No one should ever be told to shut up and do something they dont want to do... Thats honestly the worst advice that Ive heard in a while. Right up there with high school counselors telling kids that Theyre not 'College Material'.

    What I say is do what you want, and what you honestly feel is best.
  14. arnoldschnitzer

    arnoldschnitzer AES Fine Instruments

    Feb 16, 2002
    Brewster, NY, USA
    Bring both basses to rehearsal. In the middle of a bass-heavy piece, do a Pete Townsend on the BG. When the dust settles, unwrap the doghouse and play pretty. Make sure the BG you trash belongs to you.
  15. bassy18


    Oct 30, 2001
    I know the feeling. My sophomore year in hs I tried out for the bass. I played upright and had no pickup. he said no cause he couldn't hear me. Well the guitar player graduated and so he had to have me. I don't know whether this woman will let you do it, but leave your bass guitar at home one time. I just got my first bass guitar. I play upright. It is my major (music education). All that I can say is that you truly love the upright...and i play jazz so I know...you will love playing jazz on it. I would just keep pushing it. And let your parents get you those lessons. If you want to study it in college then it will help you a lot. Jazz has helped me a lot in theory and improvisiation and just making me comfortable with that big huge lunk of sound. Keep at it. And one day we won't let closed minded people be jazz band directors because my definition of jazz is everything....including the upright.

    Keep thumpin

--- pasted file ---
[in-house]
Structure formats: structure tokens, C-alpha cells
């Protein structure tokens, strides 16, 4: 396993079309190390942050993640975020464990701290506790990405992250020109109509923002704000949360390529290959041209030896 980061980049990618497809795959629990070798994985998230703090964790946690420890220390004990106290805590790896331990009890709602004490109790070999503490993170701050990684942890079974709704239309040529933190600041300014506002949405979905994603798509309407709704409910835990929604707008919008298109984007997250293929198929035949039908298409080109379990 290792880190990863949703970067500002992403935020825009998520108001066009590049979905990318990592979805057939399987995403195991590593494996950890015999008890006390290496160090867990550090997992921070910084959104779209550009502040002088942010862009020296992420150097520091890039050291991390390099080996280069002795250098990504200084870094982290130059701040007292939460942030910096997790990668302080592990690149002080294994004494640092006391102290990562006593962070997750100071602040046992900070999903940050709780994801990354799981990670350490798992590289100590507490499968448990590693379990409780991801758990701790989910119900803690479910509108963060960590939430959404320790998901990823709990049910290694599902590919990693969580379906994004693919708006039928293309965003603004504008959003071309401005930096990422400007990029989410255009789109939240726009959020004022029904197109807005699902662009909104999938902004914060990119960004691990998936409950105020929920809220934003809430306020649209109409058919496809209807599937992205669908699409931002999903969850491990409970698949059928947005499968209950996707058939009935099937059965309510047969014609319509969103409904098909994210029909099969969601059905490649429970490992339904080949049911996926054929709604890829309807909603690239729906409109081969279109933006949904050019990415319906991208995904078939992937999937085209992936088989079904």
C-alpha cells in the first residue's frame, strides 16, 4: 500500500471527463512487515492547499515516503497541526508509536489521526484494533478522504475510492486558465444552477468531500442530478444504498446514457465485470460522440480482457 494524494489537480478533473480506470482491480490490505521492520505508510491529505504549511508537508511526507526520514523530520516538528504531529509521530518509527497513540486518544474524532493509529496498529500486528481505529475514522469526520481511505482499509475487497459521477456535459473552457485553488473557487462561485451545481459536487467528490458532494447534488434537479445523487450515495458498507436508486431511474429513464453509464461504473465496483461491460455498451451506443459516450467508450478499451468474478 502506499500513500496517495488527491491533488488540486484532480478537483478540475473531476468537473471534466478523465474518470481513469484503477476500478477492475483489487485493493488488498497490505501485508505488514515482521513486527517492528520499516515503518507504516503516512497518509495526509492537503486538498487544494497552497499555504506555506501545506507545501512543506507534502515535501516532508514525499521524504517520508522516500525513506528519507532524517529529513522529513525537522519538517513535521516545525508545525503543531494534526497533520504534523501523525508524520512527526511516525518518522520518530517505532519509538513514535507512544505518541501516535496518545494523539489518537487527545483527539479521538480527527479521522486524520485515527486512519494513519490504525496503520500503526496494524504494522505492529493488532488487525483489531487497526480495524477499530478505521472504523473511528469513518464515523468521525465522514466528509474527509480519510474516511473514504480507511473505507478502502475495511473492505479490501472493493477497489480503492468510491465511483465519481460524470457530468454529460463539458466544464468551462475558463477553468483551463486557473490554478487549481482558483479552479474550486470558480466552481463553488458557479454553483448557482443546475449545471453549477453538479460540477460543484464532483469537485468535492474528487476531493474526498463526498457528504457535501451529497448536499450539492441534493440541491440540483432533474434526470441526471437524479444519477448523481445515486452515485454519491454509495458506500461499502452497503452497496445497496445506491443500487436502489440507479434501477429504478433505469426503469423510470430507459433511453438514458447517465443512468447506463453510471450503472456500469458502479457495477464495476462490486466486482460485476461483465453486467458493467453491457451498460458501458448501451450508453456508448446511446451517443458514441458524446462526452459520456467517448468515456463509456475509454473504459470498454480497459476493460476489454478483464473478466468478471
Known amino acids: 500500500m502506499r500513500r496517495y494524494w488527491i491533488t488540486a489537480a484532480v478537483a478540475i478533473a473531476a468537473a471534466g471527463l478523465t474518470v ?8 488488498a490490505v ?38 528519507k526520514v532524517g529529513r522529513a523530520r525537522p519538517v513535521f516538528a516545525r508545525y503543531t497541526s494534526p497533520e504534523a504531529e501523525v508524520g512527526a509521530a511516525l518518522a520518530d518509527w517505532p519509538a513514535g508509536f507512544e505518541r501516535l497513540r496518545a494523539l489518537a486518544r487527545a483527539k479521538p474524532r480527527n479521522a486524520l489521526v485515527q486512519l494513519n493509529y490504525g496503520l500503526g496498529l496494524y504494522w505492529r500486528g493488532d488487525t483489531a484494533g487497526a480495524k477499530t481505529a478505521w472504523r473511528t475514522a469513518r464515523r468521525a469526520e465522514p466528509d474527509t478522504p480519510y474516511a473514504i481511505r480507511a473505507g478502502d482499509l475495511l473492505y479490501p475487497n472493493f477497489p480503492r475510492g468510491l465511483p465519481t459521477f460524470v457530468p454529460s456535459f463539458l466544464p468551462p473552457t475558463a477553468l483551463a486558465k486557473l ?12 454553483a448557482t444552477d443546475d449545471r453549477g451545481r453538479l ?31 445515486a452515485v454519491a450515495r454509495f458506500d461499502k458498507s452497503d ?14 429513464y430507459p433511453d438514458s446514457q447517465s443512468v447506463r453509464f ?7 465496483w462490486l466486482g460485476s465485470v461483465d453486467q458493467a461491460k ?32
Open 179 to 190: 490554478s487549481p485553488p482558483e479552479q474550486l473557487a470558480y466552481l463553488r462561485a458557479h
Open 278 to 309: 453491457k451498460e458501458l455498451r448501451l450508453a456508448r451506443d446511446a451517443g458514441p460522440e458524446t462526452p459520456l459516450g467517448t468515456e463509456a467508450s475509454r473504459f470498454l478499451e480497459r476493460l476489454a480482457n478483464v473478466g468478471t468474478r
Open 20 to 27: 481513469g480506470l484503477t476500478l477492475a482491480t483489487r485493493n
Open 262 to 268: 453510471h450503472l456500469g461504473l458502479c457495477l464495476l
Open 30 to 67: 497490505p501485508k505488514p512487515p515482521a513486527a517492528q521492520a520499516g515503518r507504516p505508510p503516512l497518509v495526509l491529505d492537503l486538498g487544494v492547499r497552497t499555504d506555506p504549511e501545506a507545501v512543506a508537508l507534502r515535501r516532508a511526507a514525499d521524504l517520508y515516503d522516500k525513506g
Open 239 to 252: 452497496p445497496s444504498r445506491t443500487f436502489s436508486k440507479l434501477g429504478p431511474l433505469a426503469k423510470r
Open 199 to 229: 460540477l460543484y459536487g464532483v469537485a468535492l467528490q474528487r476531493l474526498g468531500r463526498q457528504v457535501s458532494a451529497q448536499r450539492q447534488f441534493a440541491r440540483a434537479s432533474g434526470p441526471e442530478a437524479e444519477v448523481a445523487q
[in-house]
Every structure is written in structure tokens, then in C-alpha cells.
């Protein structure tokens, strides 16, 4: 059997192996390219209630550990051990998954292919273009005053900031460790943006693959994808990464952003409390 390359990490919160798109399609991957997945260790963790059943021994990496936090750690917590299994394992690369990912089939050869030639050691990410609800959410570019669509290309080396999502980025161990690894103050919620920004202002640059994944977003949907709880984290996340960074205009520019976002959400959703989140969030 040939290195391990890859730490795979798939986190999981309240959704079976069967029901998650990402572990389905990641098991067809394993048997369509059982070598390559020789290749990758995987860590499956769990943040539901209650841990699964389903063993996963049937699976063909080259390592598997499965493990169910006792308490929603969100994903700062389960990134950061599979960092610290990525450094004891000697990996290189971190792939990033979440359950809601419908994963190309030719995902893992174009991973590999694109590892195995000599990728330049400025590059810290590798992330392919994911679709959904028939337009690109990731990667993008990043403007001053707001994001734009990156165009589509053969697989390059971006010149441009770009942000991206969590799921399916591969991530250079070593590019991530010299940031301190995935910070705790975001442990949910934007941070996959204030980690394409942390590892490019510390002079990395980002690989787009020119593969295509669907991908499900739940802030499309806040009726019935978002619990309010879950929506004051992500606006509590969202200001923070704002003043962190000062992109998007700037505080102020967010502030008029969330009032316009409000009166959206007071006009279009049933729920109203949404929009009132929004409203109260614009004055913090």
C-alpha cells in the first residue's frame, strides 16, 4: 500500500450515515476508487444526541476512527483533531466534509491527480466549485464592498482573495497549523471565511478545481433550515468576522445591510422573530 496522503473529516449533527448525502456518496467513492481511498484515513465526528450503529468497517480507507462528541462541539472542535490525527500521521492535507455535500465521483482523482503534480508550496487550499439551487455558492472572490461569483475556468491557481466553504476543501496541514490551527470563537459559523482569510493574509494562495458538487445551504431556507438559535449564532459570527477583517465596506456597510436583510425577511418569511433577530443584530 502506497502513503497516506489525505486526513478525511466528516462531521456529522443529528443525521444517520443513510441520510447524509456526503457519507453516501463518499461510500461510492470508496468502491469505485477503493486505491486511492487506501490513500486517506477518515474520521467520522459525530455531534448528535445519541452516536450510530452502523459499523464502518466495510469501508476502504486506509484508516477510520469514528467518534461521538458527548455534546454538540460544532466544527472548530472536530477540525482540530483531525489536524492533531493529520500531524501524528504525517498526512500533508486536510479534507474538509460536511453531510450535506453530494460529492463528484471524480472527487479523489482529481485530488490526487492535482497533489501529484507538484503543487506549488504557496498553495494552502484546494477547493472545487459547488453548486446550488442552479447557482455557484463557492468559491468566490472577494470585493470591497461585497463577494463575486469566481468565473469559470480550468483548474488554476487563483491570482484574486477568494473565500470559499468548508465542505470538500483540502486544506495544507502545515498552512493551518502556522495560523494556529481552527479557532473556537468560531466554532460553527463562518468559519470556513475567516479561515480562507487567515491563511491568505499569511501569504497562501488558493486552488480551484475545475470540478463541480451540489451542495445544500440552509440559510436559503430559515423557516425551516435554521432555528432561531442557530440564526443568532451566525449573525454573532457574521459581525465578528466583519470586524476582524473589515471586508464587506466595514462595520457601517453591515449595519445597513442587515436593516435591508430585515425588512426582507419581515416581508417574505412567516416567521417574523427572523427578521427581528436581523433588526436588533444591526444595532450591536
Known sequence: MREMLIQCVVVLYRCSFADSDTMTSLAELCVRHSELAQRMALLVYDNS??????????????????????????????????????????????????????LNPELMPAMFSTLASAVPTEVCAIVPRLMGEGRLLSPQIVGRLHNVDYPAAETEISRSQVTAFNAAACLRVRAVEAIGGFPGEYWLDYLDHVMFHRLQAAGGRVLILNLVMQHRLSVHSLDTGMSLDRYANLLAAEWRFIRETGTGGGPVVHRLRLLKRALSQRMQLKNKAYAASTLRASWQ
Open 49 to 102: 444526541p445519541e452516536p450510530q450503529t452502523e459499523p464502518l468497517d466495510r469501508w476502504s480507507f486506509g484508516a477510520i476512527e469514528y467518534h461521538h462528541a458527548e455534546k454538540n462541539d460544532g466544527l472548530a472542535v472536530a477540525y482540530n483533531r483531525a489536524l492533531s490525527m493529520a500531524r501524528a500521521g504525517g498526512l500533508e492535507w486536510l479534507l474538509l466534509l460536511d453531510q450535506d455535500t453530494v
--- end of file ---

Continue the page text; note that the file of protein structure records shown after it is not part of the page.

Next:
16. I've recently started playing upright in my high school wind ensemble, actually because of the band director's influence. He was the one who told me to do it.

    On the other hand, I seriously doubt he'd let me use it in jazz band on most occasions. While they do have a pickup, I just don't know. The rest of the rythm section is fairly-not that solid. If I start playing the upright, the whole band will just fall apart. While the tone might suit some songs better, it's not a good idea because we need a loud, strong, driving bass that the whole band can easily hear.

    (as a note, in wind ensemble, students have told me to switch back to EB because they can't hear me at all, and I sounded good as opposed to non-existent, even if more out of place than usualy)
  17. anonymous0726

    anonymous0726 Guest

    Nov 4, 2001
    Just hang in there. You'll learn how to get volume out of the thing -- out of self-defense!
  18. bassy18


    Oct 30, 2001
    You will learn to get noise out of it. And an upright can be appropriate for ANY song. Just thump harder.